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In an opinion piece for the New York Times written shortly after the election of Donald Trump to the US Presidency, Thomas Edsall diagnoses early twenty-first-century global politics with reference to “post-materialist” values championed in the decades immediately following the Second World War. Edsall (2017) argues that the Brexit vote in Britain, the invigoration of anti-immigrant parties across Europe, and the ascendancy of right-wing populism in America can be attributed to a ubiquitous and damaging “post-materialism.” Edsall’s claim is that resentment surrounding economic inequity has sparked a resurgence of right-wing, class-based politics. On his reading, the cultural revolution of the 1960s and 1970s drew attention away from economic and material inequalities and drew focus instead to myriad social and identitarian concerns. But the daily realities of economic hardship work against the liberal preoccupation with matters of self-expression and tolerance that have been the mainstay of liberal politics for decades. Edsall believes that where day-to-day economic and material inequities take center-stage as an object of concern, social and cultural liberalism suffers. Making a similar claim in reference to contemporary feminism, Amanda Hess has argued that Trump’s “win suggested that Americans were more comfortable with misogyny than many had thought, but it also burst the bubble of cheery pop feminism, which had achieved its huge popularity at the expense of class consciousness and racial solidarity” (Hess 2017). Hess’s claim is that popular feminism’s negligence of class consciousness and racial solidarity – and more broadly its negligence of the concrete concerns that frame political commitment – has precipitated its undermining. These analyses by Edsall and Hess are contemporary articulations of a criticism that has met certain strands of feminist theory since its inception: namely that mainstream feminists’ abiding ignorance and/or neglect of racial and class differences have undermined not only the efficacy of their theories but also their ability to speak to the concrete and material conditions that motivate individuals to hold the political convictions that they do.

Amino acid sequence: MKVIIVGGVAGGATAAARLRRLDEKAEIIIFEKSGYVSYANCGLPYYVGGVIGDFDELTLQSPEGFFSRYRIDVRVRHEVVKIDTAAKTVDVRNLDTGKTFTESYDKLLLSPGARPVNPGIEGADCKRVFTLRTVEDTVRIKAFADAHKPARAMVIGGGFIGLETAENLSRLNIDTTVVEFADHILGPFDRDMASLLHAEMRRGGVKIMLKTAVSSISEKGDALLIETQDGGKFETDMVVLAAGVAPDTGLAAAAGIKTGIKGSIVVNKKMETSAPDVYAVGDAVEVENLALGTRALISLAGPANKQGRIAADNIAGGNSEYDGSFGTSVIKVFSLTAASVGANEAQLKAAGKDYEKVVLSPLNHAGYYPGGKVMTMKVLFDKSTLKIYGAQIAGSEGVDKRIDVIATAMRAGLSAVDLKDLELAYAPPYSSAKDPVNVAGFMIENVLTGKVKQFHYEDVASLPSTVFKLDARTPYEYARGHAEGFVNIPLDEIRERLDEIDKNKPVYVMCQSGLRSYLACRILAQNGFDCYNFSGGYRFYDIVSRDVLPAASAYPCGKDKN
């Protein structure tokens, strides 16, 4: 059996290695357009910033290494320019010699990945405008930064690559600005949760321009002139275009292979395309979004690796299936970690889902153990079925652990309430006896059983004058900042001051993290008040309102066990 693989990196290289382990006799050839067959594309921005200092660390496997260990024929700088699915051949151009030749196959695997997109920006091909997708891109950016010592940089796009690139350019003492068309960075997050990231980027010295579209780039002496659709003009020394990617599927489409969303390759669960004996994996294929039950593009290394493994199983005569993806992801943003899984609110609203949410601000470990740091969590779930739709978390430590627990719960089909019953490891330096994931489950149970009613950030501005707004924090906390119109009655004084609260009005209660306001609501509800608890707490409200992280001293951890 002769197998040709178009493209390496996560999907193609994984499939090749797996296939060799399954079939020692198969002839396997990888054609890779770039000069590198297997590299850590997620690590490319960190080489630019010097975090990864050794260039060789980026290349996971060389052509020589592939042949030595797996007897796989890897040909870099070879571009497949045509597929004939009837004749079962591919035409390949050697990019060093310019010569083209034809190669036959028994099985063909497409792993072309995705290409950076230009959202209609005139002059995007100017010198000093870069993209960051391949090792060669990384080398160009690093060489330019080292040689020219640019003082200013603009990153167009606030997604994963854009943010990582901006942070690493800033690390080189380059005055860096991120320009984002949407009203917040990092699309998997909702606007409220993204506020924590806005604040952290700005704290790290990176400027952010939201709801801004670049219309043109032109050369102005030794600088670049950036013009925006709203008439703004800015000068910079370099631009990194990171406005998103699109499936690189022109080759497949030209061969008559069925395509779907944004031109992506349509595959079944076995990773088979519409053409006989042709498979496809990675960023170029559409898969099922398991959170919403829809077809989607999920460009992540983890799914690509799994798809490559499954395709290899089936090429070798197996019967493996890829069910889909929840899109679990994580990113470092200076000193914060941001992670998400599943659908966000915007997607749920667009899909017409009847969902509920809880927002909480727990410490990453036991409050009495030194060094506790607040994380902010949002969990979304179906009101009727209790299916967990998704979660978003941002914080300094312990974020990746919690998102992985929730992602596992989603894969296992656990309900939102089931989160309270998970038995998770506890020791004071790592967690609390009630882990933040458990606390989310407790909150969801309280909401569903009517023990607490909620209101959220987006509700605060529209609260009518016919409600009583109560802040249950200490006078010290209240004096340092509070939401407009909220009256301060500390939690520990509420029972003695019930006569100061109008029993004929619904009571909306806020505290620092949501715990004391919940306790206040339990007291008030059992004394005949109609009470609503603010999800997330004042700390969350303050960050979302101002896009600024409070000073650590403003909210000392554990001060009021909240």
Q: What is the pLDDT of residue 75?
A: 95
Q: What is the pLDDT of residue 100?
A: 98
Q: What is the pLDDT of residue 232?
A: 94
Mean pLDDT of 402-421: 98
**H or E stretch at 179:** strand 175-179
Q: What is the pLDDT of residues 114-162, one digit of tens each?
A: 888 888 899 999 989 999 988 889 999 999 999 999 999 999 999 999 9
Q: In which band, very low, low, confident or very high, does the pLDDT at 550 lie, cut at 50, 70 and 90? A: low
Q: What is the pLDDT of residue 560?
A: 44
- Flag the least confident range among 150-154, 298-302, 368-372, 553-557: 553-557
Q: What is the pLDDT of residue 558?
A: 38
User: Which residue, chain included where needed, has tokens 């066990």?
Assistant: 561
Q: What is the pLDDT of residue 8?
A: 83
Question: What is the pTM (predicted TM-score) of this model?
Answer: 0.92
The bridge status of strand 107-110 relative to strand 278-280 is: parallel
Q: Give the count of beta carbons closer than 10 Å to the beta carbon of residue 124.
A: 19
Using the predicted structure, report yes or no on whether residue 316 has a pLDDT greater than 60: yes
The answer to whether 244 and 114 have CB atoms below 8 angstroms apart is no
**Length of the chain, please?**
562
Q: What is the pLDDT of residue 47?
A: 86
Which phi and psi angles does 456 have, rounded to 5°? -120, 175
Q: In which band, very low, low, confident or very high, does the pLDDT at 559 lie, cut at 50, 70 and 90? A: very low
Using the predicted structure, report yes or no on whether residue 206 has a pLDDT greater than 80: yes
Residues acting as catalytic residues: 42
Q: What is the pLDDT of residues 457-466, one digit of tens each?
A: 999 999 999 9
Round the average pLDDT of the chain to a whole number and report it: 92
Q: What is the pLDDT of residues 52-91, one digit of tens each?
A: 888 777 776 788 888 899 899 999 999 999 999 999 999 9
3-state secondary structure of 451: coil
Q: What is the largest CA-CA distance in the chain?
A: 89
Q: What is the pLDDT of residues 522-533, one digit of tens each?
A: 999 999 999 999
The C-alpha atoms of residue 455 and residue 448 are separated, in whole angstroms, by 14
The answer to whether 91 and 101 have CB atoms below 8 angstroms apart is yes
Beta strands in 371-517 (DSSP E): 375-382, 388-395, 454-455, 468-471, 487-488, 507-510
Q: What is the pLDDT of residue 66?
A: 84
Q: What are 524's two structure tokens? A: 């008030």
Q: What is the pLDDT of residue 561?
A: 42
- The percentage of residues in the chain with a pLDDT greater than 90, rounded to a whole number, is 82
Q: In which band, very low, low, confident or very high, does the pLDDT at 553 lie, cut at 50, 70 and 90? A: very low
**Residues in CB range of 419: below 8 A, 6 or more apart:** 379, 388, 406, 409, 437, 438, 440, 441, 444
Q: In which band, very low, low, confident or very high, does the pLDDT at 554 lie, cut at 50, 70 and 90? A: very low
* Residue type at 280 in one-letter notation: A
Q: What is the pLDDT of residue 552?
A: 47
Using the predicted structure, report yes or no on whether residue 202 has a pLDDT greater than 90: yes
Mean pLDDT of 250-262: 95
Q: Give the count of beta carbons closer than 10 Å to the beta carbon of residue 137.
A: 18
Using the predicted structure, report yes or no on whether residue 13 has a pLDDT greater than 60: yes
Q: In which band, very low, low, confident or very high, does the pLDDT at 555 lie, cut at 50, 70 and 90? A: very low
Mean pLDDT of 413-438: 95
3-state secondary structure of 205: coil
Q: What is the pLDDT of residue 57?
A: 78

Experimental studies have reported on the anti-inflammatory properties of polyphenols. However, results from epidemiological investigations have been inconsistent and especially studies using biomarkers for assessment of polyphenol intake have been scant. We aimed to characterise the association between plasma concentrations of thirty-five polyphenol compounds and low-grade systemic inflammation state as measured by high-sensitivity C-reactive protein (hsCRP). A cross-sectional data analysis was performed based on 315 participants in the European Prospective Investigation into Cancer and Nutrition cohort with available measurements of plasma polyphenols and hsCRP. In logistic regression analysis, the OR and 95 % CI of elevated serum hsCRP (>3 mg/l) were calculated within quartiles and per standard deviation higher level of plasma polyphenol concentrations. In a multivariable-adjusted model, the sum of plasma concentrations of all polyphenols measured (per standard deviation) was associated with 29 (95 % CI 50, 1) % lower odds of elevated hsCRP. In the class of flavonoids, daidzein was inversely associated with elevated hsCRP (OR 0·66, 95 % CI 0·46, 0·96). Among phenolic acids, statistically significant associations were observed for 3,5-dihydroxyphenylpropionic acid (OR 0·58, 95 % CI 0·39, 0·86), 3,4-dihydroxyphenylpropionic acid (OR 0·63, 95 % CI 0·46, 0·87), ferulic acid (OR 0·65, 95 % CI 0·44, 0·96) and caffeic acid (OR 0·69, 95 % CI 0·51, 0·93). The odds of elevated hsCRP were significantly reduced for hydroxytyrosol (OR 0·67, 95 % CI 0·48, 0·93). The present study showed that polyphenol biomarkers are associated with lower odds of elevated hsCRP. Whether diet rich in bioactive polyphenol compounds could be an effective strategy to prevent or modulate deleterious health effects of inflammation should be addressed by further well-powered longitudinal studies.
There are a variety of causes of acute heart failure in children including myocarditis, genetic/metabolic conditions, and congenital heart defects. In cases with a structurally normal heart and a negative personal and family history, myocarditis is often presumed to be the cause, but we hypothesise that genetic disorders contribute to a significant portion of these cases. We reviewed our cases of children who presented with acute heart failure and underwent genetic testing from 2008 to 2017. Eighty-seven percent of these individuals were found to have either a genetic syndrome or pathogenic or likely pathogenic variant in a cardiac-related gene. None of these individuals had a personal or family history of cardiomyopathy that was suggestive of a genetic aetiology prior to presentation. All of these individuals either passed away or were listed for cardiac transplantation indicating genetic testing may provide important information regarding prognosis in addition to providing information critical to assessment of family members.